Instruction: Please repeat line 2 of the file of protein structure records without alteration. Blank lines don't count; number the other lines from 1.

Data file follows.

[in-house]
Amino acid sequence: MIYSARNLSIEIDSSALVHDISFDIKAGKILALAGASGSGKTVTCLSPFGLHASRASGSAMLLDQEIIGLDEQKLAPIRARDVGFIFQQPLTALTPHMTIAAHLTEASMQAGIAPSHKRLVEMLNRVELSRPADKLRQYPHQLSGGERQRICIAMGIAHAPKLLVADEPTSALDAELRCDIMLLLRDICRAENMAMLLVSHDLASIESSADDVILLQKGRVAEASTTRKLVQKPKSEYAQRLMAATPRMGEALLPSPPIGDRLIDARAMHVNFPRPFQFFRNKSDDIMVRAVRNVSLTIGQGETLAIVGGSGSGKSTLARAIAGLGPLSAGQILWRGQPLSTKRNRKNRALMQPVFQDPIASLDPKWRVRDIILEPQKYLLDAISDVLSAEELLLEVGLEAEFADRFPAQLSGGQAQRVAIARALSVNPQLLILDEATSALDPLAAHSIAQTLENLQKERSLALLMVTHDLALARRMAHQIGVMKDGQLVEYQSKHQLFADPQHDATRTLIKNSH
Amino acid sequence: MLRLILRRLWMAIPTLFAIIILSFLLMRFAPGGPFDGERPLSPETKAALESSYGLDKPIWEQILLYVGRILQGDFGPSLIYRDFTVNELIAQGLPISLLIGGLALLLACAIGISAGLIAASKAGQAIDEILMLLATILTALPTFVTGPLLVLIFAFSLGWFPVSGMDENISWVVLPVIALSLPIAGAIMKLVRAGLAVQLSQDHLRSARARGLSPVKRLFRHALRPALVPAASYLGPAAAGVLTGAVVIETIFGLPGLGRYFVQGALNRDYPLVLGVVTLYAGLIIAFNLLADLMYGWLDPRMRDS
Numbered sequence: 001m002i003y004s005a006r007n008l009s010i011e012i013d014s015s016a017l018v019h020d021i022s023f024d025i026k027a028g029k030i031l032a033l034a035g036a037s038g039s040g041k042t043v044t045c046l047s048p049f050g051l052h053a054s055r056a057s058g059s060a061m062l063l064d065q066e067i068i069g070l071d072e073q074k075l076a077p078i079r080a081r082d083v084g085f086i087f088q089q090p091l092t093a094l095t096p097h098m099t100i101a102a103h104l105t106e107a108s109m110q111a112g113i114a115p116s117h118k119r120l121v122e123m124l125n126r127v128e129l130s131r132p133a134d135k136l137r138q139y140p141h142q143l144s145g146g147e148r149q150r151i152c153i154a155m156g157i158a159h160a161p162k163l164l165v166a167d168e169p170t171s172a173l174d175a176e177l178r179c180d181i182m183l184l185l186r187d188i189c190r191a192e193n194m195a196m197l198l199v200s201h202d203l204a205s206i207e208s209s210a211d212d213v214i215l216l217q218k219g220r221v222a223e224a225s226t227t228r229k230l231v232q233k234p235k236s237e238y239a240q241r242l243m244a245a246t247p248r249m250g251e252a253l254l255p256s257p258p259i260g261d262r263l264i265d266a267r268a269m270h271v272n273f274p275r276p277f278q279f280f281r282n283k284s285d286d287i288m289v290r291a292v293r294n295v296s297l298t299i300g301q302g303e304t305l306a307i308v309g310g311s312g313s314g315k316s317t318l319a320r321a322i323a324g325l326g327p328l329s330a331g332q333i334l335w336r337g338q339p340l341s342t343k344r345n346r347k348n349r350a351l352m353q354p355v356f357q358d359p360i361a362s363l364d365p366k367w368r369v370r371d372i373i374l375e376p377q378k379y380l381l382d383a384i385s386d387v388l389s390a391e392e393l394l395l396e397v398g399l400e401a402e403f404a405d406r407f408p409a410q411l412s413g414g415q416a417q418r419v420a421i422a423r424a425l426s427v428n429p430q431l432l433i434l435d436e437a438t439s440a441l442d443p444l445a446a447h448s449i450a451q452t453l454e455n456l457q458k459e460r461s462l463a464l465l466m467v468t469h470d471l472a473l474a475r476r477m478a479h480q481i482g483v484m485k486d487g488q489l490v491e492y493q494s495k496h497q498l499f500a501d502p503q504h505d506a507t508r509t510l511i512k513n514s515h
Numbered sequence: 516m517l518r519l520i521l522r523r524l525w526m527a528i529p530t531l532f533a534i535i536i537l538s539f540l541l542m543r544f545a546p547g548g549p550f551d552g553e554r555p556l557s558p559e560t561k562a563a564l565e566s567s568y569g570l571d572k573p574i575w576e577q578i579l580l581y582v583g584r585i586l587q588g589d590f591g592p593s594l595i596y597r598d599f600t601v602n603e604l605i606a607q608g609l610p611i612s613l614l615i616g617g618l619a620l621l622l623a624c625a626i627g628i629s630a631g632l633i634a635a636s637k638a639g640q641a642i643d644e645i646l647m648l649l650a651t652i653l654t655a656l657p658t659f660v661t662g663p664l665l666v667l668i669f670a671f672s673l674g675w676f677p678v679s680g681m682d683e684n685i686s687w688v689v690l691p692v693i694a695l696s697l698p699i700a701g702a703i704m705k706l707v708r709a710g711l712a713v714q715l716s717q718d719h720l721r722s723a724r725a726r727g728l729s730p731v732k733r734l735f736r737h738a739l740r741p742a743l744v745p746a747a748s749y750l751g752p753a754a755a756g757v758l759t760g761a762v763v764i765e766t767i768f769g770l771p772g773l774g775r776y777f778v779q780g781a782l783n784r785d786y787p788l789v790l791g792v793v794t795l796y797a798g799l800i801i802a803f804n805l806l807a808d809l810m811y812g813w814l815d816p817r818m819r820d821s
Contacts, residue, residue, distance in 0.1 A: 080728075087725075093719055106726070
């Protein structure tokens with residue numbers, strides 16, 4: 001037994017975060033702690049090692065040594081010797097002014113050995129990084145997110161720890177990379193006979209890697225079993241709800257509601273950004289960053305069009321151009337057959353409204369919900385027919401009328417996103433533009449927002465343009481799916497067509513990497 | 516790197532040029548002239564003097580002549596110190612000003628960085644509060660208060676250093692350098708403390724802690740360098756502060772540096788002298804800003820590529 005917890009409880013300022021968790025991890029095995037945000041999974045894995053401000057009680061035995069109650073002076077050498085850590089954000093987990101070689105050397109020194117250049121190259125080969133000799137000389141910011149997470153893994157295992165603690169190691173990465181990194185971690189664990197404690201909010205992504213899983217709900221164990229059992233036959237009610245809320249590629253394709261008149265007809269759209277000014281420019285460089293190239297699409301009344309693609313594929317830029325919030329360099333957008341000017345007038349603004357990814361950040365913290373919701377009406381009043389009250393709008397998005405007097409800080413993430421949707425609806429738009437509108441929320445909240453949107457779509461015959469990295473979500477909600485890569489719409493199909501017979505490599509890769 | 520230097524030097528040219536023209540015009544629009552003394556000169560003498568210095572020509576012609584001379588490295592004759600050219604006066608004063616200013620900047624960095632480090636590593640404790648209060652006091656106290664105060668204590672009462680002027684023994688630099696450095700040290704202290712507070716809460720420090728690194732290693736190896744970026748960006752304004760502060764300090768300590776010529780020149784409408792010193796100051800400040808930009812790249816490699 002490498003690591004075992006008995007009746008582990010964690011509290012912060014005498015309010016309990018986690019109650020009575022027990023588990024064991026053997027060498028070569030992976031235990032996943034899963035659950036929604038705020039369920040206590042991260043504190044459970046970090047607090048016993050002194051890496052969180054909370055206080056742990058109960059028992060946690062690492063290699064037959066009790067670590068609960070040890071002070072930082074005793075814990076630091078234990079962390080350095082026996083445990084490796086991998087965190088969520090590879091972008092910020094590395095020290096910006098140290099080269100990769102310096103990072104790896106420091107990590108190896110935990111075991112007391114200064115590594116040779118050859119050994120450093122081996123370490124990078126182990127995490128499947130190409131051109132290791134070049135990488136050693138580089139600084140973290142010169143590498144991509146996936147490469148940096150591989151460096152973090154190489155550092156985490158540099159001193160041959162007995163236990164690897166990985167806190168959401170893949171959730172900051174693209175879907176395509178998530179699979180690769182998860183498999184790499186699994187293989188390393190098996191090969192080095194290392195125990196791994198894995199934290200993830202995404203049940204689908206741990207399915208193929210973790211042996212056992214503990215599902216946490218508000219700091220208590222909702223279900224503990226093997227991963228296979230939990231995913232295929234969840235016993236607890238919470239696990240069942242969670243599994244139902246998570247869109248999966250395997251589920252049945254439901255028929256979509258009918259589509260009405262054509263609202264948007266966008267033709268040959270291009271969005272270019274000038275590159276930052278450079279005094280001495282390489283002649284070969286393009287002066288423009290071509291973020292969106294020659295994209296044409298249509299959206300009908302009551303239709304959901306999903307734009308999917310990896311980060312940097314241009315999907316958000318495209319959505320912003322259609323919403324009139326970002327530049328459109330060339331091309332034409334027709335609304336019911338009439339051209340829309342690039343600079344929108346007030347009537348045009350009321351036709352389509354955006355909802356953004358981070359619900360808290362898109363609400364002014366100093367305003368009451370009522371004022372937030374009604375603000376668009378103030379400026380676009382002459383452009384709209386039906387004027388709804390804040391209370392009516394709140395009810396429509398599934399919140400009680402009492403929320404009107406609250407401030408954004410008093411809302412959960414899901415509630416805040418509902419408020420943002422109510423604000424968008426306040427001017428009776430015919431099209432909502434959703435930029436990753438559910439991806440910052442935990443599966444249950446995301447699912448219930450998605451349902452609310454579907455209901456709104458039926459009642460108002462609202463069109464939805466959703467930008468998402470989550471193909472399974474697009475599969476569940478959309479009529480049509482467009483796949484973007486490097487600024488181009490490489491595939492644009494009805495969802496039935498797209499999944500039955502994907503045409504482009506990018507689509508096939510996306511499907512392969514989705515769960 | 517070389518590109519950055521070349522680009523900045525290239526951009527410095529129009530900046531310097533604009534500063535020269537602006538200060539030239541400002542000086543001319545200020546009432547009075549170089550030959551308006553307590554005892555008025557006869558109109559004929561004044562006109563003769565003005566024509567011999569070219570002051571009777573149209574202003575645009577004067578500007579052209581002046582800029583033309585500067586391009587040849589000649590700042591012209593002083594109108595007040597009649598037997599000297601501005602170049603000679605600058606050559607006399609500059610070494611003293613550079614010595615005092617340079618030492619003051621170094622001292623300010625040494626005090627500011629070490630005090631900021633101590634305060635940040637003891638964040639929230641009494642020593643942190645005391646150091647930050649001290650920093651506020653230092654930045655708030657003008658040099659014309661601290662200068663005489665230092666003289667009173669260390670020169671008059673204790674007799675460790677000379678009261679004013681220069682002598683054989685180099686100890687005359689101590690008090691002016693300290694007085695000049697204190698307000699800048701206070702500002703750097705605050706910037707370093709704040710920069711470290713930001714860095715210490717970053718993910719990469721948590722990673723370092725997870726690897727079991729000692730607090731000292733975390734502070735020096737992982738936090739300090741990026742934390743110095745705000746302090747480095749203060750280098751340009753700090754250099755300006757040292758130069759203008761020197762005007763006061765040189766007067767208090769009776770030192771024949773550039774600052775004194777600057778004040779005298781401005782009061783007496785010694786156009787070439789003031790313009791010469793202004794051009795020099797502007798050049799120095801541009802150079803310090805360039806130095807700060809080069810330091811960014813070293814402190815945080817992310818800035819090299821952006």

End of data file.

Amino acid sequence: MIYSARNLSIEIDSSALVHDISFDIKAGKILALAGASGSGKTVTCLSPFGLHASRASGSAMLLDQEIIGLDEQKLAPIRARDVGFIFQQPLTALTPHMTIAAHLTEASMQAGIAPSHKRLVEMLNRVELSRPADKLRQYPHQLSGGERQRICIAMGIAHAPKLLVADEPTSALDAELRCDIMLLLRDICRAENMAMLLVSHDLASIESSADDVILLQKGRVAEASTTRKLVQKPKSEYAQRLMAATPRMGEALLPSPPIGDRLIDARAMHVNFPRPFQFFRNKSDDIMVRAVRNVSLTIGQGETLAIVGGSGSGKSTLARAIAGLGPLSAGQILWRGQPLSTKRNRKNRALMQPVFQDPIASLDPKWRVRDIILEPQKYLLDAISDVLSAEELLLEVGLEAEFADRFPAQLSGGQAQRVAIARALSVNPQLLILDEATSALDPLAAHSIAQTLENLQKERSLALLMVTHDLALARRMAHQIGVMKDGQLVEYQSKHQLFADPQHDATRTLIKNSH